Murray beats heat to join the last eight

It probably says more about Britain's desperate search for sporting heroes than Andy Murray's prospects of success in the forthcoming US Open, but he was yesterday quoted by bookmakers as the 6-4 favourite to be the BBC TV Sports Personality of the Year.

Murray's odds were cut from 8-1 on the strength of one win in the Western and Southern Financial Group Masters in Cincinnati, a tournament of which large sections of the British public were probably unaware until the country's No 1 player pulled off one of the shocks of the year by beating Roger Federer, 7-5, 6-4.

The the 19-year-old Scot built on that success last night with another remarkable performance, conquering fatigue and searing 40C heat to beat Robby Ginepri 7-6, 2-6, 6-4 to earn a place in today's quarter-finals. He will now play the winner of yesterday's night match between Andy Roddick and Juan Ignacio Chela.

Draping cold towels around his neck at the changeovers in an attempt to stay cool, Murray showed extraordinary resilience to beat the world No 18 Ginepri. He took the first-set tie-break after saving two set points at 4-5, but wilted from 2-2 in the second set, losing eight of the next 10 games, only to find a second wind deep into his 13th match in 16 days.

Murray broke back from 30-0 down at 4-3 in the final set to set up a thrilling finale. The first point of the final game summed up Murray's wonderful spirit as he chased a succession of lost causes and then beat Ginepri with a brilliant lob.

Admitting that he was struggling physically, Murray said he was not used to playing so many matches.

"I think that's the toughest match I've played," the Scot said. "I felt a bit ill after the first few games because it was so hot out there. I think it showed that I still have some work to do physically."

Brad Gilbert, Murray's new coach, believes that Murray's physical condition is one of the keys to his future. The Scot's progress has been hindered in the past year by back problems, which have been put down to growing pains, and he struggles to last the distance in matches. Murray himself believes that he is not yet strong enough to win a Grand Slam tournament.

"It may take a few years, but my game is getting there," the Scot said. "With Brad working with me, he's helped a lot. Physically, I'll get stronger. I think I'll have a good chance in a couple of years. To win a Grand Slam you have to be in unbelievable shape and I don't think too many 19-year-olds do win Grand Slams.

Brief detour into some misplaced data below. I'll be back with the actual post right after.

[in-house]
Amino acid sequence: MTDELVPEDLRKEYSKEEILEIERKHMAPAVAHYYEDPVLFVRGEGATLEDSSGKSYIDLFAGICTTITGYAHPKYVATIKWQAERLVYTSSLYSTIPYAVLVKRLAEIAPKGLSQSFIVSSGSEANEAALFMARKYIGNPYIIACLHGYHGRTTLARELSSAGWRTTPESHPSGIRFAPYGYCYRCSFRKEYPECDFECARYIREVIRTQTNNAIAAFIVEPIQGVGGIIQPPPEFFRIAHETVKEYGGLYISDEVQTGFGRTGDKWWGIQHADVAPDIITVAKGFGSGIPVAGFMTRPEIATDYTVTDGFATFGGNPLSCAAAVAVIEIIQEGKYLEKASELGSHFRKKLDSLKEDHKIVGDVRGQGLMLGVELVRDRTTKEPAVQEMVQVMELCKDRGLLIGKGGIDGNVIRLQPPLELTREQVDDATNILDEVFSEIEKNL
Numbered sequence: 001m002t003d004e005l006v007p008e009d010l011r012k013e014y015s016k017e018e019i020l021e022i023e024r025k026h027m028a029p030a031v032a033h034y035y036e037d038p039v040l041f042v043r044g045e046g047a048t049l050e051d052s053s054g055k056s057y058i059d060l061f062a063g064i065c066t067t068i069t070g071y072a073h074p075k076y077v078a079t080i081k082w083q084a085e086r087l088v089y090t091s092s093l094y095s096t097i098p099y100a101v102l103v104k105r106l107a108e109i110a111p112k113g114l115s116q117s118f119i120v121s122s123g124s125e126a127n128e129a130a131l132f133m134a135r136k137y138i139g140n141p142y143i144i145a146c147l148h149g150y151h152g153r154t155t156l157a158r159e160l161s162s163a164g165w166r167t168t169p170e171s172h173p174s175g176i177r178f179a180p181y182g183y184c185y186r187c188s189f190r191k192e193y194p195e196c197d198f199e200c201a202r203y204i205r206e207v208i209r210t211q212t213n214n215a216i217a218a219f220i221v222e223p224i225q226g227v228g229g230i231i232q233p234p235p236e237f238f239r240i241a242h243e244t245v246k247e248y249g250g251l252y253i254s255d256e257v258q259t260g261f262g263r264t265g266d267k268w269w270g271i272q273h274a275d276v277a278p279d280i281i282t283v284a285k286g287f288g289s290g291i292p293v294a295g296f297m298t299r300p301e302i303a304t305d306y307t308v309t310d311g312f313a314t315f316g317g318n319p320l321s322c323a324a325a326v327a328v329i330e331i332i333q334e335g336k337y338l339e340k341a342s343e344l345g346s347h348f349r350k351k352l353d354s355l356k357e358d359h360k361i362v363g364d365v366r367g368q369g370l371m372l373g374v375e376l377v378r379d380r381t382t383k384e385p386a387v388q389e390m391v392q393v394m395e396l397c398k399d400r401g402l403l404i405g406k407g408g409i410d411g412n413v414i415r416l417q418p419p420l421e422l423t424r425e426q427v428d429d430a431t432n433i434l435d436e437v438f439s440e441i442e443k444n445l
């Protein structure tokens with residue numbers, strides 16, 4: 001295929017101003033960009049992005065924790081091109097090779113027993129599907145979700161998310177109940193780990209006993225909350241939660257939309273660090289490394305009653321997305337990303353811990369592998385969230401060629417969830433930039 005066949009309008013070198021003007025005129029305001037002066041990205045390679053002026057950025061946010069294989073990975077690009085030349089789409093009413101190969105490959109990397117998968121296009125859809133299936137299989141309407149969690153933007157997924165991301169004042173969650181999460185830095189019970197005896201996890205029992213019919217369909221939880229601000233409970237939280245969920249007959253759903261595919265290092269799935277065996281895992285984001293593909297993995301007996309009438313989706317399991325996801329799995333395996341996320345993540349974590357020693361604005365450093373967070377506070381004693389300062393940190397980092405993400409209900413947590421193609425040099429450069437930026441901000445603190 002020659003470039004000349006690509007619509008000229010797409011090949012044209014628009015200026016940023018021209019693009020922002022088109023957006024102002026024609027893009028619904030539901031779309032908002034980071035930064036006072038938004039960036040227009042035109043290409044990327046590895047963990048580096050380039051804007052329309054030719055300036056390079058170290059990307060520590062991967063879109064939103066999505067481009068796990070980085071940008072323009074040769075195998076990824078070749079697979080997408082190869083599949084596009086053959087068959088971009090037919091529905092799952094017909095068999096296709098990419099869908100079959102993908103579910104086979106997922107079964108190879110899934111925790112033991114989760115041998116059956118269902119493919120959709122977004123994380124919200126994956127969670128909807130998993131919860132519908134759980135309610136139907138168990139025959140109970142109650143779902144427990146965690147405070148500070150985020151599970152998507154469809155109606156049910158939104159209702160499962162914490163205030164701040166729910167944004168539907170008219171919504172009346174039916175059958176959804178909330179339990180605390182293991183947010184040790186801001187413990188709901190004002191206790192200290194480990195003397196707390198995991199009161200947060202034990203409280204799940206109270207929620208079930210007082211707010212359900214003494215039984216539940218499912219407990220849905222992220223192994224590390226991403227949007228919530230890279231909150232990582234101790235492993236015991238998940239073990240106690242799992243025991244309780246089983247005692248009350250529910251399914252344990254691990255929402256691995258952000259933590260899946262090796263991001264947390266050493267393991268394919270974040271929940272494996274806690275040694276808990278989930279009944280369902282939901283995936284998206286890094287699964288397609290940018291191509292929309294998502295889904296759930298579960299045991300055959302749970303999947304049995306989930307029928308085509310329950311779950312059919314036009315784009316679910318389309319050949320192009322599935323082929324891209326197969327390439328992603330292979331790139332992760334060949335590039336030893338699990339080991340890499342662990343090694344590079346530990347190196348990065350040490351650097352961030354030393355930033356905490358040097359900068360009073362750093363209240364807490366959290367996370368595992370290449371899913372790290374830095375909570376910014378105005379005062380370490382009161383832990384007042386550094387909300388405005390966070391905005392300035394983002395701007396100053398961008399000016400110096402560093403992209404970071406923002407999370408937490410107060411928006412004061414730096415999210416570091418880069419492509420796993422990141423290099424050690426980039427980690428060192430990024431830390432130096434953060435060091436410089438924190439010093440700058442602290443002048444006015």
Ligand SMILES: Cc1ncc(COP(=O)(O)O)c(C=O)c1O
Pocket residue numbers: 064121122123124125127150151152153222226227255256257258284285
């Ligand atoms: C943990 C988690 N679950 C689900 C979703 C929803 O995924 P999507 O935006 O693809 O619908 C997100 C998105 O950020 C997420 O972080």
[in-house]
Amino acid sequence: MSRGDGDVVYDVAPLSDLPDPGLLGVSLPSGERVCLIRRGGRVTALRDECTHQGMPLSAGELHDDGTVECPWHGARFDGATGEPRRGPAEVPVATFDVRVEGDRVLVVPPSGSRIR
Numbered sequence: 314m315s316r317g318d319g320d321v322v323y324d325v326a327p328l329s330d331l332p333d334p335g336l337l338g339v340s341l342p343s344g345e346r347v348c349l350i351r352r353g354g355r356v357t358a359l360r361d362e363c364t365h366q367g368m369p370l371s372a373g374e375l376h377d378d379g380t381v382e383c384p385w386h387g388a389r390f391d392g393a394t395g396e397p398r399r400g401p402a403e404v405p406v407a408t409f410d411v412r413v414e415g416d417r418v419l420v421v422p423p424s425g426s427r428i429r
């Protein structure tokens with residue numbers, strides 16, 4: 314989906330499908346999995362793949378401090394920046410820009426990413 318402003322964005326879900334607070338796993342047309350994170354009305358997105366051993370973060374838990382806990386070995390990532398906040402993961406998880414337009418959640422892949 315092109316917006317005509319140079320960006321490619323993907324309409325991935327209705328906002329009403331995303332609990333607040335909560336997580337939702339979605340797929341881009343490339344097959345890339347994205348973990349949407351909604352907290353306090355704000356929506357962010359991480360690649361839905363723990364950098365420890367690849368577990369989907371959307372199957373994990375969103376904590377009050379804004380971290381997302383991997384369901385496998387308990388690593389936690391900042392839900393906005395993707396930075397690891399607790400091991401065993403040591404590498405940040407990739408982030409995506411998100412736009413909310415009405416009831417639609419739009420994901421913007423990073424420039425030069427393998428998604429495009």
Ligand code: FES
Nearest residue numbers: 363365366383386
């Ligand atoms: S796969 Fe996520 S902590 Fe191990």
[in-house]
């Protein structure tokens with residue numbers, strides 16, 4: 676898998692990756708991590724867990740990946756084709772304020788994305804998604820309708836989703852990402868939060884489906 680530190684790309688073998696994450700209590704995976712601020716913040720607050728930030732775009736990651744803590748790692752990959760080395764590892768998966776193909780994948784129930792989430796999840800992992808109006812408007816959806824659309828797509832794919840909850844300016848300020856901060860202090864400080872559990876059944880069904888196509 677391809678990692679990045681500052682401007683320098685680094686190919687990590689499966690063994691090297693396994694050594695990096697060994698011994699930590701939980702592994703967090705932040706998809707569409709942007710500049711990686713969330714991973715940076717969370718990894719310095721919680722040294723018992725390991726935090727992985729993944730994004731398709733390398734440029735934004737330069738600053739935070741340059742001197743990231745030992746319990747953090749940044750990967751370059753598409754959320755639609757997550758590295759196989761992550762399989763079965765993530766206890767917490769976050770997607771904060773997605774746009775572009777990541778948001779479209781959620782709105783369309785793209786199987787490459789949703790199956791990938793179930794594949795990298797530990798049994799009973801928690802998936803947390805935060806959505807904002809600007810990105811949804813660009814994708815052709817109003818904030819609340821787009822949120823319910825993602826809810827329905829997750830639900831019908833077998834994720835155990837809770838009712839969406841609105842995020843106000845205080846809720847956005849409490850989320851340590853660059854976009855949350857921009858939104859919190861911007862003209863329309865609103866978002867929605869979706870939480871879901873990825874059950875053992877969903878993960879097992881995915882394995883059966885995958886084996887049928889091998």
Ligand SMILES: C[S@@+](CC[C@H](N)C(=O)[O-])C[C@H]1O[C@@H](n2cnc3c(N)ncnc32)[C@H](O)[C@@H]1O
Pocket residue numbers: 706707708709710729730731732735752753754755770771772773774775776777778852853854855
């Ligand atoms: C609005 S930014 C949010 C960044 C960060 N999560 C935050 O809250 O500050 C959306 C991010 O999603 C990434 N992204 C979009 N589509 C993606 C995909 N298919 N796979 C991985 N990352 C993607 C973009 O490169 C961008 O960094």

"I just think I need to get better physically. I can play five-set matches but playing five-set matches back-to-back is what you have to do in Slams. If I was to win every match in straight sets then, yes, I probably could do it. But if I have a lot of long matches, then I'm probably not strong enough to do it just yet."

Gilbert has already been working on Murray's fitness, with the Scot having to adapt to much earlier starts to his day. He has also been soaking his right hand in a jar of pickle juice to counter blisters.

Next week he will go to Nick Bollettieri's academy in Florida, where he will work with Mark Grabow, one of America's leading conditioning coaches, in preparation for the start of the US Open in 10 days' time. Already at a career-high No 21 in the world rankings, Murray will move up again next week, guaranteeing himself a good seeding in New York.

It is surely no coincidence that one of the best runs of Murray's short career ­ he reached the final in Washington and the semi-finals in Toronto in the previous two weeks ­ has coincided with the appointment of Gilbert, a tactical maestro.

The victory over Federer, in particular, was a triumph of strategy as Murray targeted the Wimbledon champion's weaker backhand side, forcing a series of errors and denying the world No 1 the chance to find any rhythm on the other flank. He won most of the longer rallies, thanks largely to the depth and weight of his shots, regularly went for backhand winners and attacked Federer's second serve. He broke the Swiss seven times.

Murray is no mean tactician himself ­ witness his wonderful dismantling of Andy Roddick at Wimbledon this summer when he was without a coach ­ and on the evidence of this month the partnership with Gilbert has great potential.